The miracle of the modern app is that it can help you in astounding ways. By analyzing your data, your movements, and your computer, it can make you more efficient and save you a lot of steps.
But plenty of people are creeped out by the notion of software tracking their movements around town, tracking the Web sites they visit, or even listening to their world through the built-in microphone. These on/off switches, therefore, are intended to shut down your apps’ access to every conceivable shred of useful data about you and your PC.
General. Turn off your apps’ access to your name, photo, typing suggestions, and preferred language. For example, some app might want to grab your Windows account photo to use as your headshot for other services (Facebook or Twitter, for example). But only if you give permission here.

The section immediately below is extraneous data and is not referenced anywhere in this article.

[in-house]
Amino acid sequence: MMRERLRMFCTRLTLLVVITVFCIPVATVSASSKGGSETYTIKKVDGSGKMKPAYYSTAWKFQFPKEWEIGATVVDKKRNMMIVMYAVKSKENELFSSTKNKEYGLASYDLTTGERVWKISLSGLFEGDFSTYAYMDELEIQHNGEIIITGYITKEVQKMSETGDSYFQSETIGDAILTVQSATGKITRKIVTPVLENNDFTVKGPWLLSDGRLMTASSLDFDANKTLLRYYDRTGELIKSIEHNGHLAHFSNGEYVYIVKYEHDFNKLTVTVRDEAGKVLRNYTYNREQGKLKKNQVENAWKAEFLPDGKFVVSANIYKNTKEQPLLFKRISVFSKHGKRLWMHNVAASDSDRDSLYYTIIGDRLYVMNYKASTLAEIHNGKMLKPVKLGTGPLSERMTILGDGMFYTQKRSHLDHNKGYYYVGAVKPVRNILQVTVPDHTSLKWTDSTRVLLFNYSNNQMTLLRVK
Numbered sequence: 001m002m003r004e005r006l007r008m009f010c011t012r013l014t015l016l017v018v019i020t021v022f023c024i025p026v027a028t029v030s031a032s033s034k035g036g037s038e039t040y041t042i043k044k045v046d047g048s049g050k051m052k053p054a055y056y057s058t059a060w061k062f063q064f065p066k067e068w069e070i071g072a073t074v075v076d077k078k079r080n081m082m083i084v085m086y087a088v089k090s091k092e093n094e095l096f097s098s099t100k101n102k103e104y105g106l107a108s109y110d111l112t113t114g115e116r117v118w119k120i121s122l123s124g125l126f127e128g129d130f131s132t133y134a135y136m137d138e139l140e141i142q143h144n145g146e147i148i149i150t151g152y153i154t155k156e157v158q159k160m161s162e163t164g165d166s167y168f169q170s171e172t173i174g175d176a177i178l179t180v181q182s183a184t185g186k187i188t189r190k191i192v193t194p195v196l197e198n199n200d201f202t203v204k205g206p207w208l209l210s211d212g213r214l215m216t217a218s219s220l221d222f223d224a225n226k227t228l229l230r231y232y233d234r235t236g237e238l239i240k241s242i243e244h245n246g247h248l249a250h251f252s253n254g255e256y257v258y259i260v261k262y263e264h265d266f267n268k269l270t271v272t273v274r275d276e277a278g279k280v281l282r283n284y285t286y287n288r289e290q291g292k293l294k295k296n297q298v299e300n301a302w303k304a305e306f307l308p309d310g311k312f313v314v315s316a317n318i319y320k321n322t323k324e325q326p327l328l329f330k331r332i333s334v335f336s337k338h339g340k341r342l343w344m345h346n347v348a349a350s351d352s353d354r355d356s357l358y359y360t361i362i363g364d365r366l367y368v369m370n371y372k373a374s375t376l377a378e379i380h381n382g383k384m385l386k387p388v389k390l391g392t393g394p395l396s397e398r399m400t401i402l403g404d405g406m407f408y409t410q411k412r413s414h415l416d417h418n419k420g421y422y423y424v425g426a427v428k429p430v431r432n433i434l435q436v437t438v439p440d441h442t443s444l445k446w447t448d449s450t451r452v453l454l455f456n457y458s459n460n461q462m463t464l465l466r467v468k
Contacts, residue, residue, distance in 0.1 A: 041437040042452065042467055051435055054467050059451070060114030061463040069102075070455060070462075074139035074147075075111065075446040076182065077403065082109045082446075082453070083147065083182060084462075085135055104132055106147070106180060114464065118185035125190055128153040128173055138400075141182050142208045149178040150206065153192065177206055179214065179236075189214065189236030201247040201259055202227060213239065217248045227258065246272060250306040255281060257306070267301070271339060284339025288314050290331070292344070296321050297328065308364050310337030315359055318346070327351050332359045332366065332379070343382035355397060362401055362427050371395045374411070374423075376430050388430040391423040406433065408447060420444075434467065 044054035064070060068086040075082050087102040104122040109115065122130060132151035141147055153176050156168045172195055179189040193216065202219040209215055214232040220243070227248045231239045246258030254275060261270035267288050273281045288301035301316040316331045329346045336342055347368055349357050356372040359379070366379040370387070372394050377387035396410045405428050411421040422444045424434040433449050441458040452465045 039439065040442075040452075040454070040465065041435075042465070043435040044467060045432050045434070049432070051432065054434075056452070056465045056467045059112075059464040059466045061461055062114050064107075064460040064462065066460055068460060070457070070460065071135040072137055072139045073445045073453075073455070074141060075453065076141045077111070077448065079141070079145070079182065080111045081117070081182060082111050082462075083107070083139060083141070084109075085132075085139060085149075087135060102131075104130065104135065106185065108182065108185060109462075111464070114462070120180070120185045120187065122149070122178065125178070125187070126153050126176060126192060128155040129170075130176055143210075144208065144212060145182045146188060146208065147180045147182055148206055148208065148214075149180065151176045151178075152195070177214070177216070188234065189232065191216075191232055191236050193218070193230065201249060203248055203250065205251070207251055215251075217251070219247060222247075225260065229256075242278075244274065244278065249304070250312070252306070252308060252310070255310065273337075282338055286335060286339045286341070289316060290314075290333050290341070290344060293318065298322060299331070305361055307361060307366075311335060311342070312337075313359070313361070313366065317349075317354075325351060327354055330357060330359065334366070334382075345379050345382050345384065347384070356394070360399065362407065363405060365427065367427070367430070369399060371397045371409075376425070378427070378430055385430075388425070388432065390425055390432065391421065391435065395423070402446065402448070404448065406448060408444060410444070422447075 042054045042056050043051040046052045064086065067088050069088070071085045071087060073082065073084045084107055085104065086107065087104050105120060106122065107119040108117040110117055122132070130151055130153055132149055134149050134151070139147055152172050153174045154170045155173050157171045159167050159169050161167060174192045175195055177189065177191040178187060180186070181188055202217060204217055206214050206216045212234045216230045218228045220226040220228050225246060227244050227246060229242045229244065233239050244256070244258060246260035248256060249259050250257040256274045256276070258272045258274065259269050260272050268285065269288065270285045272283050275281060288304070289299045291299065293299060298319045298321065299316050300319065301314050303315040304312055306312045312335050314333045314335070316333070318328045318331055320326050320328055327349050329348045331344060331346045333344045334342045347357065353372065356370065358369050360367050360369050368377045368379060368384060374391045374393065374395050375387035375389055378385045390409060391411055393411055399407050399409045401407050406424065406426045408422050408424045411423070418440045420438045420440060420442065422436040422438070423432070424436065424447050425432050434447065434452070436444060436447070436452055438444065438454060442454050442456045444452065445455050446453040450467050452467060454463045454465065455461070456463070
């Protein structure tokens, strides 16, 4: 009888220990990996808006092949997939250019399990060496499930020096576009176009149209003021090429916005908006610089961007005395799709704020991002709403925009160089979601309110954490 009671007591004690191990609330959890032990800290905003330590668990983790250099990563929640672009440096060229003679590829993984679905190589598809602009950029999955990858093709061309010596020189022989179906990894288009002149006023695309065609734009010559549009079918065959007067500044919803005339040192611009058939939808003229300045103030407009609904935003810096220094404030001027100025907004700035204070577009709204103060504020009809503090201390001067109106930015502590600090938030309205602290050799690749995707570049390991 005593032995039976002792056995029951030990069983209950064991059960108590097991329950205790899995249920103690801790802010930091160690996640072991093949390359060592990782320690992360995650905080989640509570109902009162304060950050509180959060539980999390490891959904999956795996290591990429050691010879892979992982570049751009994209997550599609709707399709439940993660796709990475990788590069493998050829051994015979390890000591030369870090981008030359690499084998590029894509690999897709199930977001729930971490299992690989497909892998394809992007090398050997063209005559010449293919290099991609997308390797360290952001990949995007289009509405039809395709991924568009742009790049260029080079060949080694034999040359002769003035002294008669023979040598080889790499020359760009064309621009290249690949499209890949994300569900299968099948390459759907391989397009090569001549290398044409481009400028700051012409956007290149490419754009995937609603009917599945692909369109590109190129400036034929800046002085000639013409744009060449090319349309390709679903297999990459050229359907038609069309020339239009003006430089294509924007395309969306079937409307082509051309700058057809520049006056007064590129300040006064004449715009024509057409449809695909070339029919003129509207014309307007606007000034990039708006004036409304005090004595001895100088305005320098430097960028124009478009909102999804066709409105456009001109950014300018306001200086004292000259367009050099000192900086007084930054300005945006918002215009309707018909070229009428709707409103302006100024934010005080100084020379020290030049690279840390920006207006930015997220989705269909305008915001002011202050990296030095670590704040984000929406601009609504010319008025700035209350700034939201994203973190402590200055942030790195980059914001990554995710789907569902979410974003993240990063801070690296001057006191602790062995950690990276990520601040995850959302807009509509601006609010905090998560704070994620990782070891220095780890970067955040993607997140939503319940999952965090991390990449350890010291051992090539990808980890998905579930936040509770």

Location. Clearly, this item is generally intended for tablets and laptops—computers that get moved around. It refers to apps that function best if they know where you are: a movie-listing app, for example, that can show you what’s playing at local theaters.
Of course, letting such apps know where you are also means that your location might get transmitted to the software companies that wrote those apps. Here you can find on/off switches for each app’s access to your location—or you can turn off location tracking altogether by turning off the “Let Windows and apps use my location” switch.
Webcam, microphone. TileWorld apps also ask your permission before they access your ...